Killing Eve premieres April 8th, 8pm on BBC America.
By John Baker
Be careful what you wish for, you just may get it – and it could be deadly.
That’s the path that Eve Polastri will travel in the new BBC America show, “Killing Eve.”
Polastri, played nicely by Sandra Oh of “Grey’s Anatomy” fame, feels like she’s hit a dead end as part of the MI5 witness protection department in London. She longs for more adventure, the chance to prove herself out in the field, and fulfill her own little spy fantasy.
That opportunity arrives when she inadvertently crosses paths with high-level assassin Villanelle. Eve has been doing a little moonlighting and feels she’s stumbled across an unknown killer that is involved in a series of murders that seem to have no connection. But they do. Her intuition tells her something else is going on and that it’s a woman committing these acts.
When things go wrong in her normal job and she gets fired, the chance to work on her theory full-time appears. Recruited for a super-secret MI6 group that has also been tracking these killings, she’s put in charge of finding out who this unknown assassin is, and who is behind it all.
But Villanelle is no ordinary killer. She’s a young woman who’s pure psychopath and enjoys killing and the lifestyle it affords. She’s cold, ruthless, inventive and, as Eve notes, likes to show off during her hits. The battle of wits to find and stop her has begun.
Oh brings a wonderfully innocent touch to the role of Eve Polastri as the show gets rolling. You can feel the weight of a dead-end job on her shoulders, followed by a naïve excitement as she gets to fulfill her professional dream. The dream becomes something of a nightmare, and Eve has to harden up, as the deaths mount and one of her colleagues is killed by Villanelle. And things escalate, the two women begin a journey that locks them in a cat-and-mouse game that Villanelle is far more equipped to handle early on. As time goes by, though, the two become more evenly matched and the physical and mental battle is joined in full.
Again, Oh does a nice job of taking Eve Polastri through a trek of maturation during the first season. Initially, she’s woefully underequipped to deal with someone of Villanelle’s particular brand of assassin. She makes careless mistakes and struggles to grasp that she’s being played. Fortunately, the character develops and becomes a more interesting foil for Villanelle, who is brilliantly played by Jodie Comer.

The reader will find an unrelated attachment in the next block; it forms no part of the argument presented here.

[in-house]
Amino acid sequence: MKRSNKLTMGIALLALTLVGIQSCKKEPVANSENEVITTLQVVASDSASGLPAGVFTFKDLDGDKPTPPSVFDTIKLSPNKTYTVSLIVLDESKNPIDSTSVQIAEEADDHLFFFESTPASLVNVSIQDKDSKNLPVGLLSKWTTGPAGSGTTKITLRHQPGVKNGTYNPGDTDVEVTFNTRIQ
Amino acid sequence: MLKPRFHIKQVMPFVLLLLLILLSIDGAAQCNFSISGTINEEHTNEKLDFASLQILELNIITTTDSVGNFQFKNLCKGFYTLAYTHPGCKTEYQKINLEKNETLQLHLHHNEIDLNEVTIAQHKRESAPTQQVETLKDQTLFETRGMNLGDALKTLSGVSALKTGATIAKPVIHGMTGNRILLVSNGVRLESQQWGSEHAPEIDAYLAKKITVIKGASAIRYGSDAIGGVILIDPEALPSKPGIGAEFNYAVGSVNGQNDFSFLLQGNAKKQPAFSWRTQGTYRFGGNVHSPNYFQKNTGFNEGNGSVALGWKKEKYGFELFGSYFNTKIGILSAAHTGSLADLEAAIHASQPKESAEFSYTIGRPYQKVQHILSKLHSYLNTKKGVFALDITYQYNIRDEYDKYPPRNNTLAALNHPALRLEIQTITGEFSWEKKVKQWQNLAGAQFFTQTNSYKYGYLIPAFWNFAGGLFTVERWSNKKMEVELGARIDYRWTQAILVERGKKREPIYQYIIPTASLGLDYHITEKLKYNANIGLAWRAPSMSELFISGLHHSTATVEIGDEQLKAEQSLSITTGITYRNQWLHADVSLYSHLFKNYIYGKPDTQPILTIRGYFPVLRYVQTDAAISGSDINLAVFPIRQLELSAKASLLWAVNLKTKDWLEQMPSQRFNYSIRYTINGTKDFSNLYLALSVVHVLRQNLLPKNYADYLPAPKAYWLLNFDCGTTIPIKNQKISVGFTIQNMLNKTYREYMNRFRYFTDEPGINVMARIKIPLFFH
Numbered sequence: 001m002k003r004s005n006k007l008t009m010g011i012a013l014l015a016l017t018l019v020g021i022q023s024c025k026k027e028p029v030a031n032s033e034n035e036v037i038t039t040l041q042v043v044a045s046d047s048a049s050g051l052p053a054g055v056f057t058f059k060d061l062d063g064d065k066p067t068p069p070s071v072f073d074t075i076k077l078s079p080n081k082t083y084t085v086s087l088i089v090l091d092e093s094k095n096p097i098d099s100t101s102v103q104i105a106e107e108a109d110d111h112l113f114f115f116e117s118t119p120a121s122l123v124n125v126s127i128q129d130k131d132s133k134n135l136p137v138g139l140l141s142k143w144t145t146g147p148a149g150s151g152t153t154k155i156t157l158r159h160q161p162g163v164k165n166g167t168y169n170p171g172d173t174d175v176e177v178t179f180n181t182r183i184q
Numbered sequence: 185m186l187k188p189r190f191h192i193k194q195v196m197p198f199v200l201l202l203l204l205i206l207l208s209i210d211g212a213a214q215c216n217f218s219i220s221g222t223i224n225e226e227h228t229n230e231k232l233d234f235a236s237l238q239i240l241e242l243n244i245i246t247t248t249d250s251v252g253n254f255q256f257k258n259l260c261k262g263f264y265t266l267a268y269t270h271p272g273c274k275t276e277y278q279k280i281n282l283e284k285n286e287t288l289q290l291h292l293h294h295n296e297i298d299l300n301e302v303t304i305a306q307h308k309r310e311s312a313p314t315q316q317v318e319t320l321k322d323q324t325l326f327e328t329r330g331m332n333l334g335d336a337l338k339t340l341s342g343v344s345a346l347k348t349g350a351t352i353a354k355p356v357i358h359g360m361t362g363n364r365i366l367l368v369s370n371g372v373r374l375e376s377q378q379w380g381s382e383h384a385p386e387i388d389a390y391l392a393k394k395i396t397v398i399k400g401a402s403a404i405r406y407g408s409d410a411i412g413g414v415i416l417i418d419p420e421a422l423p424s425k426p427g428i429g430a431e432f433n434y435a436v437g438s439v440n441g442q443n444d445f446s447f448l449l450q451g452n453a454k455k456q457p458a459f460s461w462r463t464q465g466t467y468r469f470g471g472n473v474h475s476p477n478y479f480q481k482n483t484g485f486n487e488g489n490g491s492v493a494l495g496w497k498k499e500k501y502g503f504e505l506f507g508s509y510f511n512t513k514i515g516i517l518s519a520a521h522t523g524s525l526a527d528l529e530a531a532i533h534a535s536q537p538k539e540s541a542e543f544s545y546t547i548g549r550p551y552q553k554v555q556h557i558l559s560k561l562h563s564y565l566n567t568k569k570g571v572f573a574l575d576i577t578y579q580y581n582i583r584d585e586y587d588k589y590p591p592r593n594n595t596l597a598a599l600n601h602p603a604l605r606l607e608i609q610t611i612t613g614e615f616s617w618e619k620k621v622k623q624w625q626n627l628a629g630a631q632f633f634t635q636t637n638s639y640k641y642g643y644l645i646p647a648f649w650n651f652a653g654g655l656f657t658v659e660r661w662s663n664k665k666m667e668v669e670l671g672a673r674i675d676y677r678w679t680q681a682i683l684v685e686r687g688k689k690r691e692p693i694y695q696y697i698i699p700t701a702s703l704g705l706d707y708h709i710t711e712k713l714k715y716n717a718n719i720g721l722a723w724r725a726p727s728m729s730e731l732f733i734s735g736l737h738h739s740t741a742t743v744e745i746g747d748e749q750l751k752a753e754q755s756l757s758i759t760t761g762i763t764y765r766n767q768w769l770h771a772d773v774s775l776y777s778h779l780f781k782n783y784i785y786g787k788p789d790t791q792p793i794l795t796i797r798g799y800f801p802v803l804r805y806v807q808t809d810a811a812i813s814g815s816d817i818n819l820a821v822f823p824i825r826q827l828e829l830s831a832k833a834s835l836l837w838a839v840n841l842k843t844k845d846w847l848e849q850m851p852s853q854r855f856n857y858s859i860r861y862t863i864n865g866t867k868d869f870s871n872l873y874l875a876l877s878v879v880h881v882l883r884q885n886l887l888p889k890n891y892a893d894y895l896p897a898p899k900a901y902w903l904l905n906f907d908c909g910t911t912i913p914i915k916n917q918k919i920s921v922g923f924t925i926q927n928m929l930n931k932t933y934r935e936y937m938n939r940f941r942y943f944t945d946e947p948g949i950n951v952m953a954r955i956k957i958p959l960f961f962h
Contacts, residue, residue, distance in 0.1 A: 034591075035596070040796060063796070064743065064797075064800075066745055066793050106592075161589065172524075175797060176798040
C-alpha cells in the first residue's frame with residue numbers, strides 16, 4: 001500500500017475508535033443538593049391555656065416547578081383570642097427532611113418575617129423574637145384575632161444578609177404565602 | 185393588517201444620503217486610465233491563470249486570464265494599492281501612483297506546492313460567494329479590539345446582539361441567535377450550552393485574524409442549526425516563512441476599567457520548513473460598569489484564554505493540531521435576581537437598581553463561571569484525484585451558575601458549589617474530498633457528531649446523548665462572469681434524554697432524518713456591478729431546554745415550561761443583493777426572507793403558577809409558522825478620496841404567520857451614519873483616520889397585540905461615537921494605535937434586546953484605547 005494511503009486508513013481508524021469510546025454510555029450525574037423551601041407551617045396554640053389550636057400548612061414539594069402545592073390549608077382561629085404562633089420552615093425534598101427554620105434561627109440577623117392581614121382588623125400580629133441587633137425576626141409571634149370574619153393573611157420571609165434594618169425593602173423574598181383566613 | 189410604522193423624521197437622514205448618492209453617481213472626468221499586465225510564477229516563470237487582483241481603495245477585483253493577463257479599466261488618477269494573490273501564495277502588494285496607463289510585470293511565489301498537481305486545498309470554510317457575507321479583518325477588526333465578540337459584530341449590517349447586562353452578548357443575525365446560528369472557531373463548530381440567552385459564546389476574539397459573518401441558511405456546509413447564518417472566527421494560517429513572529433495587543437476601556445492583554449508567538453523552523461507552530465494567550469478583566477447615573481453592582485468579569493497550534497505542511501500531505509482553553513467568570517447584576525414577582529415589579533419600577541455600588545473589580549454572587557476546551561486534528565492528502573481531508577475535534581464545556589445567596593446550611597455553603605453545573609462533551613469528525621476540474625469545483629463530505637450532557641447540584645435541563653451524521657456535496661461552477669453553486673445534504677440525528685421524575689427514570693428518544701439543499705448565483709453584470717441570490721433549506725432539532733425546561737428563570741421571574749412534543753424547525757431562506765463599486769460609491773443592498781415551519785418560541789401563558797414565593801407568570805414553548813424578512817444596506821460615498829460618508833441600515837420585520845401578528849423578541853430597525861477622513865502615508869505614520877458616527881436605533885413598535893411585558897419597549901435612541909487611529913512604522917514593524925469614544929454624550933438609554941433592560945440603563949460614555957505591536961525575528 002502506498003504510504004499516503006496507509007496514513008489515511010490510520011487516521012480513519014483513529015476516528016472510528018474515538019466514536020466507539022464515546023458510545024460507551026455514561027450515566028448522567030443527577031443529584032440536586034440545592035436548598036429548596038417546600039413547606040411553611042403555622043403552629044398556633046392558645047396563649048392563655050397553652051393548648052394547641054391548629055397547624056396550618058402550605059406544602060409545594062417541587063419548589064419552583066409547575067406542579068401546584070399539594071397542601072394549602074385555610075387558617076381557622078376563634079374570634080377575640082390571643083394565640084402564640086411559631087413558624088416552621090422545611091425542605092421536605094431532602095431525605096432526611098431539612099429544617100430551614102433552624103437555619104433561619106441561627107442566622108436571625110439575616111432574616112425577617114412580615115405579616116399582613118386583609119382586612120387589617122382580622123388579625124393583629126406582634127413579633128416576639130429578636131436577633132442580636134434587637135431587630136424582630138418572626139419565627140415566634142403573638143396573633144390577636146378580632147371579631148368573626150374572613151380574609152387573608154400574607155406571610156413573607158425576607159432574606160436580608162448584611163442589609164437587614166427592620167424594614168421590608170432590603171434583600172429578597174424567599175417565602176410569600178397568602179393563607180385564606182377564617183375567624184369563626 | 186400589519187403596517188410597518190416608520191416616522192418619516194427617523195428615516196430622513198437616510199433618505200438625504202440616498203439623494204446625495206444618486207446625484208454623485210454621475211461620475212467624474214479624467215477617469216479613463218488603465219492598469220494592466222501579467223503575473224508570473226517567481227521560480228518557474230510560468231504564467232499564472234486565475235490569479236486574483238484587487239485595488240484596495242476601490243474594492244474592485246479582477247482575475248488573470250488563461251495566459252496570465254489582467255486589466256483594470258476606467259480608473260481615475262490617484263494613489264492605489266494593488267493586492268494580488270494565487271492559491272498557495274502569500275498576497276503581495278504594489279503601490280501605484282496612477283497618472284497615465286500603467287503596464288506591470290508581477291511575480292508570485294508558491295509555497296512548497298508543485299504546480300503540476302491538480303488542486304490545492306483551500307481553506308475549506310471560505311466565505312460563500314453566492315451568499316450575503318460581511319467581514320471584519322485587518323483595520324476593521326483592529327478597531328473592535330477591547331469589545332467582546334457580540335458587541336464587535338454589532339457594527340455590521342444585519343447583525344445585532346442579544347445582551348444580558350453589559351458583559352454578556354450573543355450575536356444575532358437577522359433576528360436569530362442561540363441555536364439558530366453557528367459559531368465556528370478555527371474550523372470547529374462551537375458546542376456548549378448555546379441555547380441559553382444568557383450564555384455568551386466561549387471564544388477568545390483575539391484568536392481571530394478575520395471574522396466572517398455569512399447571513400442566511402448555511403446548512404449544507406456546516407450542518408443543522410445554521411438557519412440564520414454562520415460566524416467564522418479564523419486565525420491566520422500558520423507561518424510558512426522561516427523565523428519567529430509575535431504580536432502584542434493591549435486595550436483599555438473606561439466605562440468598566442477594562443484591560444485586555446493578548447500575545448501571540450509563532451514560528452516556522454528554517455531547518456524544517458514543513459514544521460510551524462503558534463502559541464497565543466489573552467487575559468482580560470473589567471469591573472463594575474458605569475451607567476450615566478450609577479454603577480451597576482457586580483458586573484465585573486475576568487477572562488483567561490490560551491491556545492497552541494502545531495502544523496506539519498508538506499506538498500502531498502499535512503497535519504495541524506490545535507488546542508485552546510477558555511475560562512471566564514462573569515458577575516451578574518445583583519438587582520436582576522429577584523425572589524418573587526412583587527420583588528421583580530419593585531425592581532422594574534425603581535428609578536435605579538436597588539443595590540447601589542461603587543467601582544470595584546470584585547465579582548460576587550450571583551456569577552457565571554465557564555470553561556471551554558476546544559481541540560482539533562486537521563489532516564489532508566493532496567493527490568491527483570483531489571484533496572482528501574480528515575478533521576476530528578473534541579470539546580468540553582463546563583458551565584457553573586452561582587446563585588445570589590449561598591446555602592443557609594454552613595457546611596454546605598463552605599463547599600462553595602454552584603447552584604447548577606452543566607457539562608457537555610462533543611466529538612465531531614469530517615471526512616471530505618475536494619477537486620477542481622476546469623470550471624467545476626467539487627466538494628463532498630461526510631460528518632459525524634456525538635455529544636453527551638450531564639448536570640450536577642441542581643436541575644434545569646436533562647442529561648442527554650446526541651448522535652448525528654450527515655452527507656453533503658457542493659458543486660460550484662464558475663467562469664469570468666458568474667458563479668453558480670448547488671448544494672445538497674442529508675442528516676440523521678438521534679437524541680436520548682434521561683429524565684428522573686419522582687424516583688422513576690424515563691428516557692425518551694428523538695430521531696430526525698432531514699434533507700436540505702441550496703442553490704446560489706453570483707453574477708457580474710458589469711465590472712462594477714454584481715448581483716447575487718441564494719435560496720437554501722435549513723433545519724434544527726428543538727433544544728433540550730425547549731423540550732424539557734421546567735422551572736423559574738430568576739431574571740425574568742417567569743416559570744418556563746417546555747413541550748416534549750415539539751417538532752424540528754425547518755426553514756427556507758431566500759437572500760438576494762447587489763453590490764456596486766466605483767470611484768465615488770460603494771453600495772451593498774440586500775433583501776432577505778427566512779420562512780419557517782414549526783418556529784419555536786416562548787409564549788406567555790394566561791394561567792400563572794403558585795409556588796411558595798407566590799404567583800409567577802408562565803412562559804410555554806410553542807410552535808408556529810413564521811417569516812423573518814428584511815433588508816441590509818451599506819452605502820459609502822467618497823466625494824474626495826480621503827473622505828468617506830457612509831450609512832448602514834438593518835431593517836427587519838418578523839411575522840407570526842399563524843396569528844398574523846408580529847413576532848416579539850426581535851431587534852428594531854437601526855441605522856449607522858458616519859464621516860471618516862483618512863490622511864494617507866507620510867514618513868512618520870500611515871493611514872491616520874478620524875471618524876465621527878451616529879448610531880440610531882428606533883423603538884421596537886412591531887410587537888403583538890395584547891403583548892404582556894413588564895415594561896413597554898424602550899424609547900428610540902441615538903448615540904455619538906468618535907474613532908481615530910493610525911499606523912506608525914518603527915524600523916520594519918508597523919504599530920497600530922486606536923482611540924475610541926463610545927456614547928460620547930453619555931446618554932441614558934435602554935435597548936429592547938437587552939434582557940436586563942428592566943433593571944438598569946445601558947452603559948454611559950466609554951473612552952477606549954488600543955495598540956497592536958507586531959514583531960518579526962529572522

The character is a villain with a cold and calculating soul. But we get little glimpses into some of the inner turmoil and hurt she’s experienced to bring her to this point – a point where she is a tip of the spear for a shadowy organization we come to know as “The 12.”
Comer is delicious as a woman who can cry on command, evince sorrow and hurt, while seconds later laugh about how she’s played someone so successfully – then put a hypodermic needle through their eye. The truth is, Comer has created a character that’s a little unnerving. It’s wonderful.
“Killing Eve” gives us a little more than your average “hunt for the professional killer” show. There’s the hunt for the killer, but there are also relationships intersecting that hunt, including instances when Polastri and Villanelle come face-to-face. There’s a devastatingly taut story where they meet in Polastri’s kitchen. It’s chilling.
These aren’t usually my kind of show, but it was nice to see Oh pop up in something interesting and once I got dialed in I was somewhat mesmerized by Comer’s take on Villanelle. The supporting cast is diverse and talented, lending a nice ambiance around Oh and Comer as the show progresses.
“Killing Eve” is an interesting and thought-provoking BBC America offering and I’d recommend giving it a go. I enjoyed it.
I give Killing Eve a B-.